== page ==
Myrcella dies, which hammers in the Sand Snakes’ coffin, making them villainous over compelling. Don’t get me started on the “conflict” with Bronn. He gets cut by a poison-laced spear, fears death in maybe all of 60 seconds, and is given the antidote *after Tyene Sand fulfills the episode’s nudity requirement. This is a show that features compelling characters even in the most minor of supporting roles: Edmure Tully, the Blackfish, Lysa Arryn, Podrick. Alexander Siddig, Indira Varma and the rest of the Dornish cast do the best with what they’re given. Ultimately, the script lets them down.

The same could be said of Season 5’s treatment of Sansa. Her apprenticeship under Lord Baelish showed promise in the first 2 episodes. Cut to the reveal of Baelish’s proposal to the Boltons. (Narrator: It was not fine.) We might’ve bore witness to a whole season of Ramsay torturing Theon, but for multiple seasons now we’ve watched Sansa tormented time and time again. Trading Sansa from Joffrey to Ramsay is excessive, even for Game of Thrones.

Now, I’m not a fan of the whole, “that didn’t happen in the books” argument because it posits that adaptations are beholden to the source-book as opposed to being free to transcend and exist on its own plane. Because why would I want a faithful page-by-page rendering when I could just…pickup the damn book and read it again.

Humor me for a moment. In the books, Ramsay is betrothed to an Arya Stark look-a-like. Jeyne Poole, one of Sansa’s childhood best friends is paraded in the North as Arya to secure the Boltons’ dominion over Winterfell. Jeyne had grown up with the Stark children and Theon/Reek, and it’s a reminder of this relationship that causes him to break and rebel and escape.

I understand why this arc was condensed and changed to fit in Sansa. Without it, it’s hard to imagine what would make Theon break. But that’s the problem, what happens to Sansa is in service of Theon’s redemption; it’s the show dipping its toes in shock factor. Because the Winterfell plotline doesn’t tell us anything new about Sansa other than what we’ve already known and known porously: that she’s a victim.

The plotline objectively does what it needs to do; it’ll go on to service a rewarding payoff in Season 6’s “Battle of the Bastards.” But I can’t say I disagree with the backlash that followed “Unbowed, Unbent, Unbroken.” Of course, Sansa’s rape should be offensive because rape is offensive. I suppose our reactions to Sansa’s arc in Season 5 all but affirm our investment in her. We want these characters to have a happy ending. Game of Thrones reminds us that it’s, well, Game of Thrones.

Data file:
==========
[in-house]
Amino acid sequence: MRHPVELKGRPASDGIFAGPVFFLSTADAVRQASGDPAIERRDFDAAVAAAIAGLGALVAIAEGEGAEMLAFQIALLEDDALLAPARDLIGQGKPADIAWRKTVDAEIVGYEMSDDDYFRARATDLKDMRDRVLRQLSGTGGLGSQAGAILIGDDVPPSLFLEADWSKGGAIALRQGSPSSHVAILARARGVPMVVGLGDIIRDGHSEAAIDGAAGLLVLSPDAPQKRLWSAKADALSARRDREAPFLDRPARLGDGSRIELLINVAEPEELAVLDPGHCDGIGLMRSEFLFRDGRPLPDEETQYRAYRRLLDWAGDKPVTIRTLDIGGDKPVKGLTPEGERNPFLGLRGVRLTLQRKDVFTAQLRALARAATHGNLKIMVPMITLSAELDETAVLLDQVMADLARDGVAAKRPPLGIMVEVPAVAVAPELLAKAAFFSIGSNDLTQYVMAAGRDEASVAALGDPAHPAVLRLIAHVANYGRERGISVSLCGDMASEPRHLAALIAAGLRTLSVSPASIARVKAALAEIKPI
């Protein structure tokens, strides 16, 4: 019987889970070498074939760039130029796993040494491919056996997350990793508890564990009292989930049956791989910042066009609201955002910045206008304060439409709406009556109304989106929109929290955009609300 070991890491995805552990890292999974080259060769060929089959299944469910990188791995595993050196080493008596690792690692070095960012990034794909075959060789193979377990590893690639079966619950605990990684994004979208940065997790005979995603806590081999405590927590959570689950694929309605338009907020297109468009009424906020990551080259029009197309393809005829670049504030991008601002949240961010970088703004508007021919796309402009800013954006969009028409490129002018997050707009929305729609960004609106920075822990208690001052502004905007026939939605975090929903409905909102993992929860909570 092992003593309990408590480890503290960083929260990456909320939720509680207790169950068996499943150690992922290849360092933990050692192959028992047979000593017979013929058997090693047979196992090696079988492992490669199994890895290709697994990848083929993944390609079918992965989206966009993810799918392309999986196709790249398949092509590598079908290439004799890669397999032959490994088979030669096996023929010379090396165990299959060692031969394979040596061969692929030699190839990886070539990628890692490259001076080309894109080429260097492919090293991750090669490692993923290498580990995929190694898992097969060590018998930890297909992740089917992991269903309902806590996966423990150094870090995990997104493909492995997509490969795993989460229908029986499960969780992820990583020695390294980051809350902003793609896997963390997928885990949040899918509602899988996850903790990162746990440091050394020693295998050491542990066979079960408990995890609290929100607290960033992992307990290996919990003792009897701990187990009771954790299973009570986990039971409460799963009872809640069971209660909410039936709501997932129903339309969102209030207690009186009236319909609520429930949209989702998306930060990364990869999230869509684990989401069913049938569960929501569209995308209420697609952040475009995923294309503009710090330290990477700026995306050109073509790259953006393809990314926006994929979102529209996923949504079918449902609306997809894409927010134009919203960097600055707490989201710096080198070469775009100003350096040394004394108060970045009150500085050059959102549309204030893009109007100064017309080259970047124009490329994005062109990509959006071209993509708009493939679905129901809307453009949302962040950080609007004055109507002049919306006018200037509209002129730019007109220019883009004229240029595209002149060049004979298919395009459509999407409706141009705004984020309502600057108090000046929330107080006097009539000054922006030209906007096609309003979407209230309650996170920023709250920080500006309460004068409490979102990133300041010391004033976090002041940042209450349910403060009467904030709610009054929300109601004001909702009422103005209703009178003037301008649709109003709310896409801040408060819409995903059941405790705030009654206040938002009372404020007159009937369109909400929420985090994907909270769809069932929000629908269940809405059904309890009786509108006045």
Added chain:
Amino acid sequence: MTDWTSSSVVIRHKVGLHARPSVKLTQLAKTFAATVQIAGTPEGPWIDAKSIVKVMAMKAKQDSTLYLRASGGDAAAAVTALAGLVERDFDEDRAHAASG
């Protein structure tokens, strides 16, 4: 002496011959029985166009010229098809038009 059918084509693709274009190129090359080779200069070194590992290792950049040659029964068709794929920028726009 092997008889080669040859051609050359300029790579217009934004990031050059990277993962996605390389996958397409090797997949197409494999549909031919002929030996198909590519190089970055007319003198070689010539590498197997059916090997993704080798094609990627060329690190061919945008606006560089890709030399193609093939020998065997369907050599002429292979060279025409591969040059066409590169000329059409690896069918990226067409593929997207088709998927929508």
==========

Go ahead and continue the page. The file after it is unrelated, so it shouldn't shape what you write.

And it does so rather poignantly with Shireen Baratheon. That’s the double whammy of what made Season 5 so polarizing: Sansa’s rape, and Shireen’s death. The difference, and I’ll tread lightly, is that time has been kind to the latter. Again, treading lightly.

Stannis in Season 5 reckons with his conviction to become king. His situation in the North growing dire, he’s forced to ask himself: what is he willing to do to fulfill his destiny? The sabotage at camp, like the Sparrows taking over King’s Landing, doesn’t make a great deal of sense logistically. (Does Stannis employ the same guards in Dorne?) Thematically, it asks him what is the Iron Throne worth?

When he commits Shireen to the stake, he surrenders what made him human. It’s a blunt reminder of what Stannis has always done and what we chose to turn a blind eye to. He burns people alive. He was never a hero, and it was never going to end well for Stannis, but I think the lot of us hoped it would end well for Shireen, that maybe Davos would take care of her, or she’d reunite with Sam and Gilly. We were wrong.

The setup of the kings-blood in Season 3, the increasingly dire situation in the North, Stannis’ stern commitment to the Lord of Light so long as it meant sitting on the Iron Throne. It all pointed to one harrowing end for Stannis and his house. But that doesn’t make Shireen’s death any easier to watch.

This shot right here is all I can stomach. I don’t consider myself squeamish, but the burning of Shireen is too callous, too brutal; unreservedly Game of Thrones at its cruelest. Stannis, at the very end, doesn’t cower or evade. In a truly splendid moment expressed by Stephen Dillane right before the charge, Stannis faces his fate head on.

During my recaps, I preemptively judged the season as the show at its worst. (I even threatened to quit the show like some pretentious fanboy.) Season 5 has its bumps and its share of bruises, but upon revisiting, it remains gripping as ever. The first 4 episodes – the ones that were dubiously leaked – set a spectacular tone early on; the Hardhome sequence remains terrifyingly efficient; Tyrion’s pairing with Jorah is still inspired; and the performances across Kit Harington, Lena Headey, Sophie Turner, and Alfie Allen are magnificent. The gorgeous production design and vibrant scores are ever-present; it’s the writing that falters. This wouldn’t be the first time the show would reckon with the choices made in the writers’ room. (*Cough, cough* Season 7)

Season 5’s sins feel no more atrocious as certain TV shows phoning it in currently. Is it the best Game of Thrones had to offer? No, it could and would go on to do better. Does that make Season 5 the worst? Far from it.